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Are both the Venn diagram's (i and ii) showing dependent properties (showing that A and B are dependent on one another), I am told that the quartered one is independent (Venn diagram i), however I do not see any difference between the 2 diagram's. Surely P(A|B) (probability of B given A), will come out to be the same in both diagrams. This is because we are constrained to A and AB (highlighted red in Venn diagrams) as we know the outcome will be either AA or AB. Further, the ratio of N(AB) to N(A) will give us our probability P(A|B), which can be seen to lie in both diagrams to be in the region A and AB.

I know that if P(A|B) = P(B) , we have independent events, however how can we deduce if the Venn diagrams are showing independent events or not. Thanks

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  • $\begingroup$ No, in most cases, you cannot see independent events from a venn diagramm. Do not try this. $\endgroup$
    – Jimmy R.
    Oct 6, 2016 at 10:59
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    $\begingroup$ Possible duplicate of Can one infer independence by simple reasoning/intuition? $\endgroup$
    – BCLC
    May 26, 2018 at 17:11
  • $\begingroup$ @JimmyR. Are you sure? math.stackexchange.com/questions/1898596 $\endgroup$
    – BCLC
    May 26, 2018 at 17:15
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    $\begingroup$ @астонвіллаолофмэллбэрг Are you sure? math.stackexchange.com/questions/1898596 $\endgroup$
    – BCLC
    May 26, 2018 at 17:15
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    $\begingroup$ @BCLC Good point, I did not realize that. The fact that $P(A \cap B) = P(A)P(B)$ is realizable through Venn diagrams. While I can vouch for partial correctness, I will still take back my comment, and upvote yours. Also, this question has changed from when I saw it earlier, and now is excellent, so I will upvote that also. $\endgroup$ May 27, 2018 at 15:27

2 Answers 2

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Edit: as @Henry commented, in general Venn diagrams do not rely on surface in any way, the only thing that matters are the intersections. If you consider your diagrams are pure Venn diagrams, then it is impossible to tell apart your two diagrams, and so it is to deduce independence.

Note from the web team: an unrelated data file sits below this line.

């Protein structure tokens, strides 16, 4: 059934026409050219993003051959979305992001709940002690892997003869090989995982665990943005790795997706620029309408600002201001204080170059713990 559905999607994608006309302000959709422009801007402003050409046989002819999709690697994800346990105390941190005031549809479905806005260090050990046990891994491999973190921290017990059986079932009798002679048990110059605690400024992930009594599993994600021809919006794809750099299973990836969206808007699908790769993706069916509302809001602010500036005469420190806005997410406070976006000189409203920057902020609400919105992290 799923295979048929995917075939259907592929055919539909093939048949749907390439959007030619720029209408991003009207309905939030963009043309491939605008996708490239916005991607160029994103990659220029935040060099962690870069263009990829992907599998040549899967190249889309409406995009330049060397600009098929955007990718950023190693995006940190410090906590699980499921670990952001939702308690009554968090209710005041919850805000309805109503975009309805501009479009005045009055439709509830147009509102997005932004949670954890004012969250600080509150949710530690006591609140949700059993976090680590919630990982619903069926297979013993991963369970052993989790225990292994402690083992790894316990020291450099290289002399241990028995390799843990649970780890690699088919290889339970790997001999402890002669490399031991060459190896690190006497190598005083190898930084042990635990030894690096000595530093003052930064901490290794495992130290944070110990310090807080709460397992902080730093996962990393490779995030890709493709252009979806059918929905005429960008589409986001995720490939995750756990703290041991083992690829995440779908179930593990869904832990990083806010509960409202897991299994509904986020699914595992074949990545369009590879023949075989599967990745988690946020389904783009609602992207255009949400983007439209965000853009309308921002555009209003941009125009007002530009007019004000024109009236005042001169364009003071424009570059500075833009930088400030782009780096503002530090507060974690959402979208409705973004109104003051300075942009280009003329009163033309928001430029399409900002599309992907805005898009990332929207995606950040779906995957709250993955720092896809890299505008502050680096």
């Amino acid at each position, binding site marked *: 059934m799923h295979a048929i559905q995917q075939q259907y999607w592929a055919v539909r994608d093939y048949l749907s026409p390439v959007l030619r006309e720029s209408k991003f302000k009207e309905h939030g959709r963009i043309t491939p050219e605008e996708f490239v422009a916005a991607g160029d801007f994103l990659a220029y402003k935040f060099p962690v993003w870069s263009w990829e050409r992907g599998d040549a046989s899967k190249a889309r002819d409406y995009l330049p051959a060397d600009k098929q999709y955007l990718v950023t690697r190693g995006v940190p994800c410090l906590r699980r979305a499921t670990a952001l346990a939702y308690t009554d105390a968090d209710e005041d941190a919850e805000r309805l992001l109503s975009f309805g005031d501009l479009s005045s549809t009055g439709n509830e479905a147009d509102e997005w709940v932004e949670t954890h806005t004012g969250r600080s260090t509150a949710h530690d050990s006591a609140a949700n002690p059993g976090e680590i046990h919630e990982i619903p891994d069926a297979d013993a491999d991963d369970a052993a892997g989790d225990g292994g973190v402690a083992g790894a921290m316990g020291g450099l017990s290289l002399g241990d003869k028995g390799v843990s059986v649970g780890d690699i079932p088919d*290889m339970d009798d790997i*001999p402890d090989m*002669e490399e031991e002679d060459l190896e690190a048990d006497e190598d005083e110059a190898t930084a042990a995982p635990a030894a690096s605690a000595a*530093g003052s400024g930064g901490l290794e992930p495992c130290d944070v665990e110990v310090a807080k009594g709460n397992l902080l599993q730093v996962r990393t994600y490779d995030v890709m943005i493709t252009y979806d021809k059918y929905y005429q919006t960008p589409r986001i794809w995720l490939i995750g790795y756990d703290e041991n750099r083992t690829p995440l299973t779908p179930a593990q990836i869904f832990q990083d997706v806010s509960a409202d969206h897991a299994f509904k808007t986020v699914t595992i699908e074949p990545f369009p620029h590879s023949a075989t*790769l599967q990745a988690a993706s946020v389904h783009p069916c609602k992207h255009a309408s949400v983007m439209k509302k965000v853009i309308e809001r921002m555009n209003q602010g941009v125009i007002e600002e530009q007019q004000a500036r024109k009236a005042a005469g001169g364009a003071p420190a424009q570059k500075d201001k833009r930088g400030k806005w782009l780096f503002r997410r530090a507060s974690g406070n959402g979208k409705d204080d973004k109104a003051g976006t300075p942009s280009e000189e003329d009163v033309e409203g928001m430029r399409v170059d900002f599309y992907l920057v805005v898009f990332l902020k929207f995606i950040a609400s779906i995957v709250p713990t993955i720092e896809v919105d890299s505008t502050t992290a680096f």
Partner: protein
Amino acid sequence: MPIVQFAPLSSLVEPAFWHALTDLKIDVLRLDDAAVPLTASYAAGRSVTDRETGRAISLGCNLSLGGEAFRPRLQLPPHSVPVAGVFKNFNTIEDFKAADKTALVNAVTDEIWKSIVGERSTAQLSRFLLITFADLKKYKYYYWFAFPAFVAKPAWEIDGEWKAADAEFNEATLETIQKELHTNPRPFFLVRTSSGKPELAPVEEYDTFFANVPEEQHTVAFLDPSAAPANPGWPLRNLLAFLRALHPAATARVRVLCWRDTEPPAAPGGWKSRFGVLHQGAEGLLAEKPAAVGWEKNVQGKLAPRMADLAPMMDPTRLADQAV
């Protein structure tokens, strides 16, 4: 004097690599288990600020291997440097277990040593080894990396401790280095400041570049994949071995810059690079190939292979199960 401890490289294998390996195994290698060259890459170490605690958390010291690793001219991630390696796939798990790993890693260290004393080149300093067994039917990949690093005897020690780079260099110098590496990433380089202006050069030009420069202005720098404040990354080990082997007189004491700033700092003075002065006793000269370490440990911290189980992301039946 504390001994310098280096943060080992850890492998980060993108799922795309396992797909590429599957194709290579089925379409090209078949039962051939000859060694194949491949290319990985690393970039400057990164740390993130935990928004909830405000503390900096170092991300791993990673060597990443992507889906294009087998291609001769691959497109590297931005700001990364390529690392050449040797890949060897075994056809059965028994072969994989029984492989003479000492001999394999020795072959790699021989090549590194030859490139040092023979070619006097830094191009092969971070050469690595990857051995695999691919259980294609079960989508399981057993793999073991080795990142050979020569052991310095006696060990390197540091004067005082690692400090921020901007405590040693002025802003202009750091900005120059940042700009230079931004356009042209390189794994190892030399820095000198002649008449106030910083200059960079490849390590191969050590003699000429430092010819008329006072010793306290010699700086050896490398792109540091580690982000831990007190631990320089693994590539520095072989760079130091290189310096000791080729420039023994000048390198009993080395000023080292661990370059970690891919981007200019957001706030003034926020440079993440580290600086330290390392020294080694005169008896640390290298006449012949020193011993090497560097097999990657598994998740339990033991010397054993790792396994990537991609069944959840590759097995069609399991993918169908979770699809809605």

However, if you impose your diagram to respect the rule "the area is proportional to the probability", then the following applies. From what I've seen around the web, such diagrams are called scaled Euler diagram or, more informally, proportional Venn diagrams.


Think of probabilities as areas. For instance, $P(A)$ is the area of the red rectangle, divided by the total area $\Omega$. Computing $P(A|B)$ is the same, but here you only consider your universe to be the area delimited by $B$.

In the first diagram, it can been seen that the area of the red rectangle divided by the total surface, and the area of the small rectangle $AB$ divided by the area of the rectangle $B$ have the same ratio. If we put it into mathematical terms, we get $P(A) = P(A \cap B) / P(B) = P(A|B)$, so by definition $A$ and $B$ are independent.

In the second diagram, it is not the case (you may want to prove it with an exact computation of the areas of all surfaces, but I guess it's not the point of the example you read): here, the ratio of the area of $A \cap B$ to the area of $B$ and the ratio of the area of $A$ to the area of $\Omega$ are different, so $A$ and $B$ are not independant.

However, note that using Venn diagrams to deduce independance of variables is not a good idea; Venn diagrams are not made for such purposes and as such proving independance using Venn diagrams is not advised.

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  • $\begingroup$ You could add that in Venn diagrams, areas are not informative. $\endgroup$
    – Henry
    Oct 6, 2016 at 11:20
  • $\begingroup$ It looks like in the case of OP's diagrams, they are, though $\endgroup$
    – Mariuslp
    Oct 6, 2016 at 11:29
  • $\begingroup$ Then it is rather more than a Venn diagram $\endgroup$
    – Henry
    Oct 6, 2016 at 11:31
  • $\begingroup$ You're right. I edited my post. $\endgroup$
    – Mariuslp
    Oct 6, 2016 at 11:45
  • $\begingroup$ ? math.stackexchange.com/questions/1898596 $\endgroup$
    – BCLC
    May 26, 2018 at 17:15
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I found a good explanation over here.

https://www.quora.com/How-do-you-draw-a-Venn-Diagram-to-the-probability-of-two-independent-events

But you cannot explain independence with Venn Diagrams.

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